Professionals in Chicago in the Early 20th Century
On March 20, 1926, 19-year-old Alice Annalora died at the County Hospital in Chicago from complications of an abortion performed that day. Dr. Wilford Vine was booked for Alice's death, as was her husband, Joseph Annalora. Vine was indicted for felony murder. Ultimately, the coroner was unable to determine the legal status of the abortion that killed Alice, so Dr. Vine and Mr. Annalora were released.
On March 20, 1916, 19-year-old housemaid Bertha Carlson died at South Park Hospital in Chicago from septic infection as a result of a criminal abortion. On her deathbed, Bertha identified Dr. A. F. Butler as her abortionist. At the time of Bertha's death he was suffering from some sort of paralysis that kept him from testifying at an investigation into her death.
That very same day, Caroline Repritis of Lime Street, Chicago, died in Chicago's Englewood Hospital from complications of an attempted abortion. Midwife Pauline Urbanos was held by the coroner.
A Boyfriend's Deadly Help in Nebraska, 1906
It was Spring of 1906 in Nebraska. Anna Gosch called her boyfriend, Mr. Edwards, admitted that he knew Anna, that they'd had a sexual relationship, and that she had called him to tell him that her period was late. He admitted that he went to the town of Kearney, and got a hotel room with the intent of perpetrating an abortion.
Edwards wouldn't say what happened in the hotel room. He did say that the next day he took her to her home, and using a speculum he tried to insert a catheter into her uterus, which at the time was a method often used by doctors to cause an abortion. Edwards, however, couldn't get the catheter inserted.
He said that Anna went upstairs and returned with a catheter with a wire in it, which would stiffen it for insertion. He said that the wire did its job in allowing him to get the catheter inserted. He then bent the wire and threw it away.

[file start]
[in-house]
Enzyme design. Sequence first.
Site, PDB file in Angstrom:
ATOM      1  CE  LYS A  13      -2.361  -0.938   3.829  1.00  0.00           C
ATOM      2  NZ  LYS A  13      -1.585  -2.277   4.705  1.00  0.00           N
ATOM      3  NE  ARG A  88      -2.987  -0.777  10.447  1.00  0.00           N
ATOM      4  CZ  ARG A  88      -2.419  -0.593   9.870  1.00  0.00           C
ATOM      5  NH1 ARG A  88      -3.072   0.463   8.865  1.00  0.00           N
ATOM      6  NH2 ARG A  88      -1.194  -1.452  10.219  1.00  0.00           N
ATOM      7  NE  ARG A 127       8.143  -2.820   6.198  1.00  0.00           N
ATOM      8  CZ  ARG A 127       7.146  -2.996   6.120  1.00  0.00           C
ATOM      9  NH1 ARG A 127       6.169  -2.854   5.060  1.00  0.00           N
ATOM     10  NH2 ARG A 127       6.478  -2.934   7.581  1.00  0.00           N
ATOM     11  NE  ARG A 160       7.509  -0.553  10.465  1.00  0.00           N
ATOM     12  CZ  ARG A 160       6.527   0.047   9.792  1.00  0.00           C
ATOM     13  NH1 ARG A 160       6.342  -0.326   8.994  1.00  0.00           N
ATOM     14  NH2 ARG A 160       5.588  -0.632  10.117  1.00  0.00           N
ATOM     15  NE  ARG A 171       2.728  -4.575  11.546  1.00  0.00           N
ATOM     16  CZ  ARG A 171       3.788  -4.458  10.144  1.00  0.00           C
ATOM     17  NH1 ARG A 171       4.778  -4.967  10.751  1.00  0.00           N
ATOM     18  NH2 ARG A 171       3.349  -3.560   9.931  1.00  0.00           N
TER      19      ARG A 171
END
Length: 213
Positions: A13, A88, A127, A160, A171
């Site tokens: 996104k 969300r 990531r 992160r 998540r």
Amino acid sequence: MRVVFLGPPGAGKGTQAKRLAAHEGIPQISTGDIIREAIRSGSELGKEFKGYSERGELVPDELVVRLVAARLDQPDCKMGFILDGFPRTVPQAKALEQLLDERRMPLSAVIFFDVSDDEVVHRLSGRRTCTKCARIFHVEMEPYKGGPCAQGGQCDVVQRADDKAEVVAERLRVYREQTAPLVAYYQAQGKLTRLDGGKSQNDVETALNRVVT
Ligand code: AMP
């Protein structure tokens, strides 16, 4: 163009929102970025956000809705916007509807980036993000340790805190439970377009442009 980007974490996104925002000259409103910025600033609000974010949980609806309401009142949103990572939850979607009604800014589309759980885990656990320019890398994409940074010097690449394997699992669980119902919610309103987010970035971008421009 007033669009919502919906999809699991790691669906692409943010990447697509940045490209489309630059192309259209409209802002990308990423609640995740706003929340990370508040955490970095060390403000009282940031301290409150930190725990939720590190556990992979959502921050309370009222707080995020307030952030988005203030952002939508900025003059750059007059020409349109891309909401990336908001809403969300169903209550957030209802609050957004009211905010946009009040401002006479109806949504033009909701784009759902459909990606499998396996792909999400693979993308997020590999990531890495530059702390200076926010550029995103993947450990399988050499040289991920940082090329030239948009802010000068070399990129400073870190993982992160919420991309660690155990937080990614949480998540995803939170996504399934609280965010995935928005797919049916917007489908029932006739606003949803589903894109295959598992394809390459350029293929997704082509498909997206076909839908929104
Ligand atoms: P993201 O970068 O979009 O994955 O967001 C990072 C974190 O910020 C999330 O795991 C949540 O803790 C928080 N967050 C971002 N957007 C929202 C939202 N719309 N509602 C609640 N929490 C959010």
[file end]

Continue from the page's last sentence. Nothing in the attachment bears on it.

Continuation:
A witness in the later trial, however, said that Edwards denied having done the abortion himself. He said that Anna had gone upstairs, then come down and told him that she thought "she had done it." Physical evidence suggested otherwise: a speculum and three catheters were in Edwards' valise when he was arrested.
A physician, Dr. Cameron, was called on Thursday, March 15, to care for Anna. He saw her twice a day until the Monday before her death. During that time he consulted with another physician and concluded that Anna was going to die.
Dr. Cameron testified, "I asked her what had been done to make her sick, and she said there had been a man had passed an instrument into her with a wire in it, rubber with a wire in it. I asked her when that had been done, and she said Monday; she thought it was Monday night." When asked about who the man was, "She said he was a man who traveled for rubber goods or instruments of some kind, said he was a traveling man."
Anna Gosch died on Tuesday, March 20, 1906, at 6:10 PM. Edwards was convicted of homicide.
Anna's death is similar to the death of "Daisy" Roe, a systems analyst who died in 1990 after allowing her boyfriend to attempt to perform an abortion on her with a piece of aquarium tubing. It was also unusual in that it was performed by an amateur, rather than by a doctor, as was the case with perhaps 90% of criminal abortions.